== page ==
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TWO SIDED MARKETS. Bruno Jullien. IDEI and GREMAQ, Toulouse. ESNIE - CARGESE. GETTING MULTIPLE SIDES ON BOARD. platform. buyers. sellers. B2C website. buyers. B2B platform. suppliers. gam e rs. videogame platform. game developers. "eyeballs". portals, newspapers, TV. advertisers.

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Two sided markets


Bruno Jullien

IDEI and GREMAQ, Toulouse


Two sided markets





B2C website


B2B platform



videogame platform

game developers


portals, newspapers, TV



debit & credit cards


Chicken and egg problem. Must get both sides on board/court each side while making money overall.

Two sided markets

Organization of lecture






Two sided markets

Platform enables or facilitates interaction between "buyers" and "sellers"


usage charge

usage charge

+ membership charge


+ membership charge


Two sided markets

Some 2SPs and "sellers":


 Exchanges/auctions (eBay, Amazon).

 B2B.

 Employment agencies.

 Dating services.

 Real-estate agencies.

 Futures and securities exchanges


 Telecoms.

 Internet backbone services.

But also...

 Academic journals.

 Shopping malls.

What are two sided markets
What are two-sided markets? and "sellers"

  • Externality: Participants on one side care about the level of participation and usage of the other side

  • Differentiated treatment of each side

  • The profit and the allocation depends on the structure of price not only on the total price.

  • Not all platforms are 2SM

Example: electricity




Bilateral contract

Only the total price charged on the two sides matters, as they negotiate

how to share it: similar to tax neutrality

Two sided markets

A « classical » industry may become a 2SMs and "sellers"

Example 1 : computers / video games

(vertical desintegration)

Hardware producers

Operating system



Example 2 : TV operators


(cinema, sport…)




Two sided markets

and "sellers"Illustration : Encoding vs. reading

• Adobe Acrobat, Text Processors: free reader, charge or royalties for encoding.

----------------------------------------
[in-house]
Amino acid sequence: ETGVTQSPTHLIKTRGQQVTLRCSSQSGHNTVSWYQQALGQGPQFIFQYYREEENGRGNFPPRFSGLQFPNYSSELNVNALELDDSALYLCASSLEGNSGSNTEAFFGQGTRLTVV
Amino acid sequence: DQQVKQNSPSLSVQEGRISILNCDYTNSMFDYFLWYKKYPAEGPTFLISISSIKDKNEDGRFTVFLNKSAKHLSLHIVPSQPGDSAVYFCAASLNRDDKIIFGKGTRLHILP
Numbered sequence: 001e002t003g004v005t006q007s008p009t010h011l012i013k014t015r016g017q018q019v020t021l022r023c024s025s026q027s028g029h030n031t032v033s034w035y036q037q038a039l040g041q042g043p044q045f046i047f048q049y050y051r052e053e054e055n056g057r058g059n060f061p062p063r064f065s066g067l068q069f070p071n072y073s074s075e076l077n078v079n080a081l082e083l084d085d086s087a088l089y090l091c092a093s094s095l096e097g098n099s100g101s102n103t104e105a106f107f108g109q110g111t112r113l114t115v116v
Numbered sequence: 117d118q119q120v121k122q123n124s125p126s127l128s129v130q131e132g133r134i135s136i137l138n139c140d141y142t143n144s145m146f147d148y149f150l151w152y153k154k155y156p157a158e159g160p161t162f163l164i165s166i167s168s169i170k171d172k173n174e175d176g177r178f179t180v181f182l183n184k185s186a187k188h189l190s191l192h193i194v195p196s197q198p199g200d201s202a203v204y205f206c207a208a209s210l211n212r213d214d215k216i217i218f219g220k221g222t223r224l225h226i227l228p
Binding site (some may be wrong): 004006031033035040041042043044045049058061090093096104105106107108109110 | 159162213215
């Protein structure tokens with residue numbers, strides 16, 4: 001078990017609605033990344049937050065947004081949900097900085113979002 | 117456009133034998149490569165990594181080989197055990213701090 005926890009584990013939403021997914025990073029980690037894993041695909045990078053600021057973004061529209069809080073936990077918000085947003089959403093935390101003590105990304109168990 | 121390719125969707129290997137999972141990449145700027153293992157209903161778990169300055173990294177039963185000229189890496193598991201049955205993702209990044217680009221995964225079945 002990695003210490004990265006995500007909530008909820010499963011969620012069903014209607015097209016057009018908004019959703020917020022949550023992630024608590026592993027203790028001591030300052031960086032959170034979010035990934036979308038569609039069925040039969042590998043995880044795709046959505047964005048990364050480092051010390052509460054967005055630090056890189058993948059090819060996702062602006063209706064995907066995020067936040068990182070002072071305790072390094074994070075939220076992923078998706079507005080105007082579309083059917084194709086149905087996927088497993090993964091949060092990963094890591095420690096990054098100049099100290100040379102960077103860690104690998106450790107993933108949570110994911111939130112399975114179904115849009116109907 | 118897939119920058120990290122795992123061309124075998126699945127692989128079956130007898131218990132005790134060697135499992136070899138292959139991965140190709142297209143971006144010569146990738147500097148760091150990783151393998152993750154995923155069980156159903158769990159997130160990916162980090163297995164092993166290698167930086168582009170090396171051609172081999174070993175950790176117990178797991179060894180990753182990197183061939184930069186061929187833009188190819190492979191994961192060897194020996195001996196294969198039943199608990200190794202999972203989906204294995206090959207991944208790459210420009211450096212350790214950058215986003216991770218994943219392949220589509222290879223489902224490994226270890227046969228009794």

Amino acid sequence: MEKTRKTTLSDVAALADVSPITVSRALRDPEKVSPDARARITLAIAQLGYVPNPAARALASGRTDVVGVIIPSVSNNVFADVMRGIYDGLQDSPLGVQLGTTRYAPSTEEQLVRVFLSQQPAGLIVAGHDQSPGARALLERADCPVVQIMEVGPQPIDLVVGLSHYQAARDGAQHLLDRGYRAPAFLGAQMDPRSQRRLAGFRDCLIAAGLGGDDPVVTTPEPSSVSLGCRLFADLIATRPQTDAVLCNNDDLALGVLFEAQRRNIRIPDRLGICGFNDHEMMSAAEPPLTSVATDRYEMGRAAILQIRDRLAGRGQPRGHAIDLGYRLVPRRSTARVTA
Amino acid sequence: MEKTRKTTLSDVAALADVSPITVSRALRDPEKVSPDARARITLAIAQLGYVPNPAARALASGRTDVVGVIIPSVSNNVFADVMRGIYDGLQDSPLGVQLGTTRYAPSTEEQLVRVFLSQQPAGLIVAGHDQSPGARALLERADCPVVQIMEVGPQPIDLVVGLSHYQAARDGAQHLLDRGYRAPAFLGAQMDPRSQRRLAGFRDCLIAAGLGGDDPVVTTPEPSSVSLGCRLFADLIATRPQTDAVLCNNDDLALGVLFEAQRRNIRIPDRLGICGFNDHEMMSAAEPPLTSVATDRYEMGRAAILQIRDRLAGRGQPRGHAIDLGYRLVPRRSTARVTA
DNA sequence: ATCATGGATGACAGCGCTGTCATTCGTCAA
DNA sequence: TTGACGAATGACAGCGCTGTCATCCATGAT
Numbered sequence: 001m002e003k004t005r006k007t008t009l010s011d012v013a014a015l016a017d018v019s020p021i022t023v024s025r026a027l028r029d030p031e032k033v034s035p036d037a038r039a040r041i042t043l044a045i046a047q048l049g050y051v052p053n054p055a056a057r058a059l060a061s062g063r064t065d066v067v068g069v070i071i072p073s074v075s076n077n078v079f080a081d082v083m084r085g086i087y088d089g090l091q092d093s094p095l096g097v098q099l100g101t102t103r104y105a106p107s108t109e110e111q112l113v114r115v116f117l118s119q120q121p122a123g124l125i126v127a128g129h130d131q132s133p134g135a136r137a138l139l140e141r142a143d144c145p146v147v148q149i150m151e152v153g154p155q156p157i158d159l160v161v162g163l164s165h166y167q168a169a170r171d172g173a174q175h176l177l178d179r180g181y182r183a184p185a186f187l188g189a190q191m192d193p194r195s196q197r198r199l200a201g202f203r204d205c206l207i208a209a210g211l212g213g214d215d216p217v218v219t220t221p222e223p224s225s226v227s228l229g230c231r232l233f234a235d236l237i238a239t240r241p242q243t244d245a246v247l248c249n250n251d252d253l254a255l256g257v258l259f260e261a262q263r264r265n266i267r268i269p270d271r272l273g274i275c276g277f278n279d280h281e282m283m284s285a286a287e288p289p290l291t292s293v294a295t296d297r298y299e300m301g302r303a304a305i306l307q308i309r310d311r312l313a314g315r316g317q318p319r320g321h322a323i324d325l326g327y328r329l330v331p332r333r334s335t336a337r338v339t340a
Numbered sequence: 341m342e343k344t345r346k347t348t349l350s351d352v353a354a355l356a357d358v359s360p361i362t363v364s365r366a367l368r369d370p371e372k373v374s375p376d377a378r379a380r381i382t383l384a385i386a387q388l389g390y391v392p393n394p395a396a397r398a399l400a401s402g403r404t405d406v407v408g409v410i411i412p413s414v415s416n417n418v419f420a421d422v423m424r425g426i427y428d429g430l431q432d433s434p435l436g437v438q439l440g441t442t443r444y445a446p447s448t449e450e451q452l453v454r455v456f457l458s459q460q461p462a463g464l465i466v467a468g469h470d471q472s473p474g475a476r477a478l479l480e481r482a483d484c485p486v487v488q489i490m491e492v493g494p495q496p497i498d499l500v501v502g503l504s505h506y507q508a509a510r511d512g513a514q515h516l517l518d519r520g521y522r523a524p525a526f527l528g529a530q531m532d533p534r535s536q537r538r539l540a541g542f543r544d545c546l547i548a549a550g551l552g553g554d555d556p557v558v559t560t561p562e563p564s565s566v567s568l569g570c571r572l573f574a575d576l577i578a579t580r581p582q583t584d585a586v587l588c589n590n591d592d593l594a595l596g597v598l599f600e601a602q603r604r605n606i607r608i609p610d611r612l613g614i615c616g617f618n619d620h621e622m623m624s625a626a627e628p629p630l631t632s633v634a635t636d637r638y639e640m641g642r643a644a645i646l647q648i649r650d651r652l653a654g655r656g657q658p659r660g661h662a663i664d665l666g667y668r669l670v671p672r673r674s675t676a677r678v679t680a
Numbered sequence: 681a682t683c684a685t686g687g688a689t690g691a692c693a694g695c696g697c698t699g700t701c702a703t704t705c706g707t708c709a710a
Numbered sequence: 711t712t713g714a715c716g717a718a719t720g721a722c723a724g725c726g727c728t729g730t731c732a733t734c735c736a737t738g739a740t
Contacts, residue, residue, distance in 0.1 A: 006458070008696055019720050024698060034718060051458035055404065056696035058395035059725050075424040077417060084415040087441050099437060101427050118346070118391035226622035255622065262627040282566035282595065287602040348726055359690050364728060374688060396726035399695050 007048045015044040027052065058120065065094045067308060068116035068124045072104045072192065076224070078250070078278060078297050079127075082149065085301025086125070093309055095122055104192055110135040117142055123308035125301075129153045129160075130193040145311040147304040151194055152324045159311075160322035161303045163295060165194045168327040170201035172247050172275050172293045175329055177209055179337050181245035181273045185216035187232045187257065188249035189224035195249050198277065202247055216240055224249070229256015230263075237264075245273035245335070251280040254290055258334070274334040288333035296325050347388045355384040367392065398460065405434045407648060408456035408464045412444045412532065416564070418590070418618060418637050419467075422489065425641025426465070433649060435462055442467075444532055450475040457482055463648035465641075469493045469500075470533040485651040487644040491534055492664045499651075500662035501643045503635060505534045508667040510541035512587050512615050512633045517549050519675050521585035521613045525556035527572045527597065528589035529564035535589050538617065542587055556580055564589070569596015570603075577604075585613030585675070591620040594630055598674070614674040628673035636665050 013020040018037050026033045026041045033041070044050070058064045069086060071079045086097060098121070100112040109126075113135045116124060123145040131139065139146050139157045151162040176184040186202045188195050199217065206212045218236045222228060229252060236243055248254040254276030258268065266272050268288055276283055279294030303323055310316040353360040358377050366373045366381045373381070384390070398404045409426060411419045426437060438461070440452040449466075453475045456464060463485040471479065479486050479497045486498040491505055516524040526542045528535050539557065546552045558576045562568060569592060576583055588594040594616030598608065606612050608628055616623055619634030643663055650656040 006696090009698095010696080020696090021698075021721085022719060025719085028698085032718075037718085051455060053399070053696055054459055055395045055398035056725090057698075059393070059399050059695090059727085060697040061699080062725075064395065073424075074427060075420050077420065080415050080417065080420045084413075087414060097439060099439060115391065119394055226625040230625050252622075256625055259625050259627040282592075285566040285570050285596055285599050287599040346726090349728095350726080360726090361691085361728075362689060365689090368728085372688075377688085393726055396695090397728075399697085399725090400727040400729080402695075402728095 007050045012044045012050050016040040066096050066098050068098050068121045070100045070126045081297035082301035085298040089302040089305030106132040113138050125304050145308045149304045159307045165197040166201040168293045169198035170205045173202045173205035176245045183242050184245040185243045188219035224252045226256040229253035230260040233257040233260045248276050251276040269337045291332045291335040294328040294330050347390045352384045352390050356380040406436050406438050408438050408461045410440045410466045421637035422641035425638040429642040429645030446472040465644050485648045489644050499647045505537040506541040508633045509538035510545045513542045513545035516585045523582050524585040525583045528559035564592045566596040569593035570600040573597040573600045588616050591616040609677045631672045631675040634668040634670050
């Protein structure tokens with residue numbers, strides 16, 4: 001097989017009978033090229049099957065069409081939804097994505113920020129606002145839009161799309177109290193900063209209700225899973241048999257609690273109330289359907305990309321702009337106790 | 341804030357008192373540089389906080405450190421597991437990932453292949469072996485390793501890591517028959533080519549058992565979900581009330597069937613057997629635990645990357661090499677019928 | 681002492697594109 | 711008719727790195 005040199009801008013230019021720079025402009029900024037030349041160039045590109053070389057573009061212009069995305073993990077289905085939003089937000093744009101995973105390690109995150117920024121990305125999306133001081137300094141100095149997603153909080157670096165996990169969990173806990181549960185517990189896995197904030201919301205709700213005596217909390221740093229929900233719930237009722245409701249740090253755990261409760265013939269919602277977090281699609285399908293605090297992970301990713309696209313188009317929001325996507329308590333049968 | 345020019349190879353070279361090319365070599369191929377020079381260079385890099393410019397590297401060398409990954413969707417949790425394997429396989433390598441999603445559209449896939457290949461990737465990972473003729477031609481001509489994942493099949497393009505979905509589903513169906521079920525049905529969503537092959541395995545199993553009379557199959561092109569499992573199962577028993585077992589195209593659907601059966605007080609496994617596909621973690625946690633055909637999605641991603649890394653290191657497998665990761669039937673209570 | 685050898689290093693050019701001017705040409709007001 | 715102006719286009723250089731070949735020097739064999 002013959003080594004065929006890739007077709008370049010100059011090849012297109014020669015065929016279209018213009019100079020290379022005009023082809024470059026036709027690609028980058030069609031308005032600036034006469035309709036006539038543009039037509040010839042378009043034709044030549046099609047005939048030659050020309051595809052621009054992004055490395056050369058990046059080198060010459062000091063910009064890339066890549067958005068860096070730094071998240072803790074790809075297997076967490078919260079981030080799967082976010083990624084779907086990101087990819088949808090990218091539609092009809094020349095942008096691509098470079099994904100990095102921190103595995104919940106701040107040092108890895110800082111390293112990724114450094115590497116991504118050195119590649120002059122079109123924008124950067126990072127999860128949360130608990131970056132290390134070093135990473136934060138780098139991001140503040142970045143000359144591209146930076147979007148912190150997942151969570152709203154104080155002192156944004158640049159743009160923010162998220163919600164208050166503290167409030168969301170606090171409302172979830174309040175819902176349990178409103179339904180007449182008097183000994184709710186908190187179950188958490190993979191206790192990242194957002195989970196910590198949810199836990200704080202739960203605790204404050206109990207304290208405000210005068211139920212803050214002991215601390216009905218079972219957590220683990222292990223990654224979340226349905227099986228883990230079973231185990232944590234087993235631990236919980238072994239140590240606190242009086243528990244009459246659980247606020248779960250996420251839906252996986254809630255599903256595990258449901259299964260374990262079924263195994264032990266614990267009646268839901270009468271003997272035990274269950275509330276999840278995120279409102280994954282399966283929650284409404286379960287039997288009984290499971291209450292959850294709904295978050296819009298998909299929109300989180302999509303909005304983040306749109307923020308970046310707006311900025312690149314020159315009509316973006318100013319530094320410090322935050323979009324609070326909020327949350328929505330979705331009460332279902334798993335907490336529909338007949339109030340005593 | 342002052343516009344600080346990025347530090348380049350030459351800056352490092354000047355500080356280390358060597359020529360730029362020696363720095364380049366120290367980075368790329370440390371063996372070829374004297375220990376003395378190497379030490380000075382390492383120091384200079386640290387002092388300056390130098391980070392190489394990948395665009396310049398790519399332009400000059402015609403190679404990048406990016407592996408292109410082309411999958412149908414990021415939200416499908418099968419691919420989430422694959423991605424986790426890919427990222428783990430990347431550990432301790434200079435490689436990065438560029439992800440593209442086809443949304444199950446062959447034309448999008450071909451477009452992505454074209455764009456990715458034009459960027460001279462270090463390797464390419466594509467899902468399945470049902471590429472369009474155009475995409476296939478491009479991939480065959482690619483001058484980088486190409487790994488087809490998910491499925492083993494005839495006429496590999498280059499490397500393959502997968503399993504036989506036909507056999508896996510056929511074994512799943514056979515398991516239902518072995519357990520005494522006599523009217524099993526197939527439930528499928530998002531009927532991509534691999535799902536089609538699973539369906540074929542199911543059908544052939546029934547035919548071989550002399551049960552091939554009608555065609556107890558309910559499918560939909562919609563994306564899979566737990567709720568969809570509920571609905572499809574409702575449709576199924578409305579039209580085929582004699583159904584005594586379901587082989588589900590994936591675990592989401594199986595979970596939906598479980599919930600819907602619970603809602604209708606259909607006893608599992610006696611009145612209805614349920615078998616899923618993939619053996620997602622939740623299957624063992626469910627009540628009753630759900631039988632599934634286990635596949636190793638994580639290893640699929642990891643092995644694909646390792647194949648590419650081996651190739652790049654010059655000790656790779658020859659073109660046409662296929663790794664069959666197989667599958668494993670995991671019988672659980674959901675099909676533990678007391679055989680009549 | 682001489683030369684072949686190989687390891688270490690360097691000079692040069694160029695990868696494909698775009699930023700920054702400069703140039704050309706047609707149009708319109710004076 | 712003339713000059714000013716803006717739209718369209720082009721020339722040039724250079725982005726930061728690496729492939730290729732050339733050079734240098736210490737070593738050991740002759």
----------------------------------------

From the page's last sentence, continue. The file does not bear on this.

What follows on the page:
• Contrast: books.

Illustration : why did credit cards and debit cards adopt so markedly different business models?

• Credit (Visa, MasterCard, Amex): high merchant discount, low (negative) cardholder price.

• On-line debit: low merchant discount.

Illustration : Videogame platforms.

  • Sell console at or below cost, royalties on games

Often results in very skewed pricing pattern

Two sided markets







Access cost

For the moment no transaction fee/ cost

Network size




Two sided markets

MONOPOLY PRICES and "sellers"


Volume / margin trade-off

Adjusted margin

Demand elasticity

for fixed participation of the other side

Two sided markets

Elasticity = % variation in demand for 1% decrease in price.

  • Example: price to buyers.

Cost = opportunity cost, smaller than cost incurred in serving buyer

[attracting extra buyers generates revenue on seller side either through usage charges or by being able to increase sellers' membership fees.]

Price will be low/zero/negative if presence of buyer generates substantial revenue on seller side, buyer side reluctant to get on board (elastic demand).

Two sided markets

  • Comments : and "sellers"

    • The non adjusted margin is lower on the side where the elasticity is the highest and/or the externality created is larger.

    • In some cases prices may be negative (if possible, otherwise gifts, tying…) or null (free newspapers)

    • If one side is captive, the price is higher on this side and smaller on the other side (debit cards).

Two sided markets

Sellers and "sellers"

Marquee buyers

Other buyers

Mind the cross-group externalities

 More complex story: within-side externality



large fee (because marquee buyers)

good deal

Illustrations: Amex corporate card.Killer application/game.Key store in shopping mall.

Welfare optimal prices
Welfare: Optimal prices and "sellers"

  • Unrestricted :

  • Price equal to the net opportunity cost